Boomers can increase the likelihood that their resources and health will support a vibrant, meaningful old age. For example, they can systematically save for retirement, work part-time during retirement, and build healthy exercise, nutrition and social involvement into their pre-retirement and retirement years. But then there is the luck of the draw. For example, Boomers can engage in certain health practices that are associated with lower incidences of Alzheimer’s, but they can’t control their age, heredity, genes and gender, which are associated with the dreaded disease.

Boomers and others who anticipate a vibrant retirement and a long life are well served by role models among the current elderly retirees. These are the people who saved as much as possible, who continue to look after their health, who remain connected to family and friends, who gratefully enjoy new as well as lifelong activities during each year that is given to them, and who accept and cope with declines in their health as best they can.

Most Boomers, as well as people in other age groups, hope they will live long, healthy, happy lives and die suddenly or after only a short illness. However, people increasingly are declining over a substantial period of time before their final demise. Just as our younger years are filled with opportunity, fulfillment, risk and suffering, our older years present new, enriching experiences and difficult losses. Whatever their individual futures hold, Boomers are the first generation who know they can live for a century. As they say, that can be a mixed blessing.

Roger-Sandy

Sandy Cohen, B.A., R.N. and Roger Cormier, M.A., M.Th.

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On a Sunday morning, people were walking or running around a beautiful, sunlit reservoir in the San Francisco Bay Area. One person was heard saying to her companion, “I don’t like how I’m living. I’m not interested in anything.” Do those words fit an older person in your life?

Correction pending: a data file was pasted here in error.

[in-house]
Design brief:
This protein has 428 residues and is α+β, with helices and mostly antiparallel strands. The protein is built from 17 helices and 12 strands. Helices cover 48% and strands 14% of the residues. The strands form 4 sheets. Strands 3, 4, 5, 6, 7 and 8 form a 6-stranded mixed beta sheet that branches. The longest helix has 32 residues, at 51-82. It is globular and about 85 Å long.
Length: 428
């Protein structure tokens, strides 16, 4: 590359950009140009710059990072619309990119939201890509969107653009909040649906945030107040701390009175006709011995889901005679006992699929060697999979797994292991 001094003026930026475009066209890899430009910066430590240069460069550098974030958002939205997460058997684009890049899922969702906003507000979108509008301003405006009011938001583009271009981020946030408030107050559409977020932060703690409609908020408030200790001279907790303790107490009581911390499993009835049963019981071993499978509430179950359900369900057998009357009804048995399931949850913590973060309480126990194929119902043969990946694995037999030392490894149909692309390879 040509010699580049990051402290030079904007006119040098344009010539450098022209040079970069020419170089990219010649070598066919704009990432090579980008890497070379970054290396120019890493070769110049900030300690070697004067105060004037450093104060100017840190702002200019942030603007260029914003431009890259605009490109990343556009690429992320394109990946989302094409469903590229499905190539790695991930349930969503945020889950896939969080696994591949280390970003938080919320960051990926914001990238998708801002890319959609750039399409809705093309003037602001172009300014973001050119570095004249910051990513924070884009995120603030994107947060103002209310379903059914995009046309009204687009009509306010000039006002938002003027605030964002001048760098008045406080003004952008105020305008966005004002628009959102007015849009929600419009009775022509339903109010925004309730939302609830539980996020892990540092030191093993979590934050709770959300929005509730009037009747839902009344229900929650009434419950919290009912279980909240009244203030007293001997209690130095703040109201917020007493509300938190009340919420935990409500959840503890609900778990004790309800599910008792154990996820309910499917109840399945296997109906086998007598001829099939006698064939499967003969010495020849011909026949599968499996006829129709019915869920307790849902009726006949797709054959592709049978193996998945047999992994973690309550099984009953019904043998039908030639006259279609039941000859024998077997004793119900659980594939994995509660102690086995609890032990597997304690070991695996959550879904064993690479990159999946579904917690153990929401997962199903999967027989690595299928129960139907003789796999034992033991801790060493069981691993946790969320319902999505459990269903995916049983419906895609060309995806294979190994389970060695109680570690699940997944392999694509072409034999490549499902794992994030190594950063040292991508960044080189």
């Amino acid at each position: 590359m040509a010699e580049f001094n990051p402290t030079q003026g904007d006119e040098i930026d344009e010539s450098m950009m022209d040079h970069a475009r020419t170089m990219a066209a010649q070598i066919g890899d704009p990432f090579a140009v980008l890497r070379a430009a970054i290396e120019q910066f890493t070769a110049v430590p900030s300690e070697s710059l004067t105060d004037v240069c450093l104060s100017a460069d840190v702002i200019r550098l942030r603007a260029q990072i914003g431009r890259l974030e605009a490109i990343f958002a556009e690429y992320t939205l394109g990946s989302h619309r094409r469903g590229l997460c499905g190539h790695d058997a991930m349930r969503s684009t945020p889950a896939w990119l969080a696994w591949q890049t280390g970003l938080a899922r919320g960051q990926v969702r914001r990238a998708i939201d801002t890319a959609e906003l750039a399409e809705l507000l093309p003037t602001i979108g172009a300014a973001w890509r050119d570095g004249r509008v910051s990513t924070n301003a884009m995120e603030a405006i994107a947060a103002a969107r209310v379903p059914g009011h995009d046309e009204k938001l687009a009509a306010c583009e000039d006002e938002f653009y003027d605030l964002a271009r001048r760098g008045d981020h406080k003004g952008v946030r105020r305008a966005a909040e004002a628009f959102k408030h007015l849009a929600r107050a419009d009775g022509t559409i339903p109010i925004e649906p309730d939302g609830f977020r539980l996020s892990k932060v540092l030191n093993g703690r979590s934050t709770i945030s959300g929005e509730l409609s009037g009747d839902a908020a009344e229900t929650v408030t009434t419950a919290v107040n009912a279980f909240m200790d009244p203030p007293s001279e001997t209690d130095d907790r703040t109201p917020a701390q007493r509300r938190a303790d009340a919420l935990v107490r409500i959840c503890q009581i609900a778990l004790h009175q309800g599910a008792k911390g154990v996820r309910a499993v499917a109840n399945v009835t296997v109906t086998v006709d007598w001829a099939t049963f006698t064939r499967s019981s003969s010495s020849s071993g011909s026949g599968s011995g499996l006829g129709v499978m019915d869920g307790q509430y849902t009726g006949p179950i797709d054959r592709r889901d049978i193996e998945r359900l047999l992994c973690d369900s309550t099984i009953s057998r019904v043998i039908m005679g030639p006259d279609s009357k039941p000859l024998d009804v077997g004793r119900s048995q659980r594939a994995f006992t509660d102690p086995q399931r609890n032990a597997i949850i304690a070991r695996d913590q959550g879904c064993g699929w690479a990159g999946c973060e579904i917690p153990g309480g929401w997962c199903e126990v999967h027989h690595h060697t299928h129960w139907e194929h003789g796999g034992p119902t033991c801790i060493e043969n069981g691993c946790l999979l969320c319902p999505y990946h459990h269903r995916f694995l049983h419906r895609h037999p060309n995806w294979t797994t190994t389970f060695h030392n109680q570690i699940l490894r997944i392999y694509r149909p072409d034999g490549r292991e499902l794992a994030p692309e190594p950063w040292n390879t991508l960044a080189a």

At times in our lives, we feel depressed because we’ve suffered losses or failed to reach our goals. Or we’re succeeding on the outside but wondering “Is that all there is?!” on the inside. Or we’re fighting a battle against losses associated with aging. Some combination of physical, emotional and spiritual factors is contributing to our feeling of depression.

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Elders who have suffered losses often find themselves in this situation. They lose interest in their life, including the world outside of them. How can they gain a zest for life? How can you help them get out of a depressing rut?

The woman complaining to her companion can provide some clues. First, she wasn’t blaming herself or the outside world. She recognized that she didn’t like the way her life was going and she was concerned at her lack of interest in anything. But she literally was taking some first steps to do something about it. She could have stayed home and wallowed in self-pity, but she was out circling a potentially healing natural setting. She also was confiding in someone who cares about her.

That’s a recipe for transformation. Don’t blame yourself or others or circumstances. Let caring persons in, whether they be family, friends or people in the helping professions like a psychotherapist, pastor, senior center director or support group. For someone who is depressed, such a recipe is a lot easier to verbalize than to enact. If you know someone in such a state, how can you help?

Take a couple of simple cues from the early morning walker’s confidante. First, she was literally walking the walk of her dissatisfied companion. Spending time with a depressed older person communicates your regard for them. Second, she was listening, just listening. Don’t offer opinions or encouraging words before really letting in and acknowledging your elder’s grief. Such untimely actions can convey that you’re more interested in lightening them up for your sake than truly being with them in their pain.

When your “walking partner” shows any sign of new interest in their life, gently reinforce it. For example, if they ask about people or activities in your life, invite them to join you for a social occasion. If they should invite your opinion and you have one, share it sensitively without “shoulds.” If they seem seriously depressed with no sign of improvement, help them arrange an appointment with their primary care doctor, who may prescribe medication or make a referral to a psychiatrist or other specialist or treatment program.

Two books that offer families insight about loss, dependence and understanding in late life are “Counting on Kindness: The Dilemmas of Dependency” by Wendy Lustbader and “Another Country: Navigating the Emotional Terrain of Our Elders” by Mary Pipher.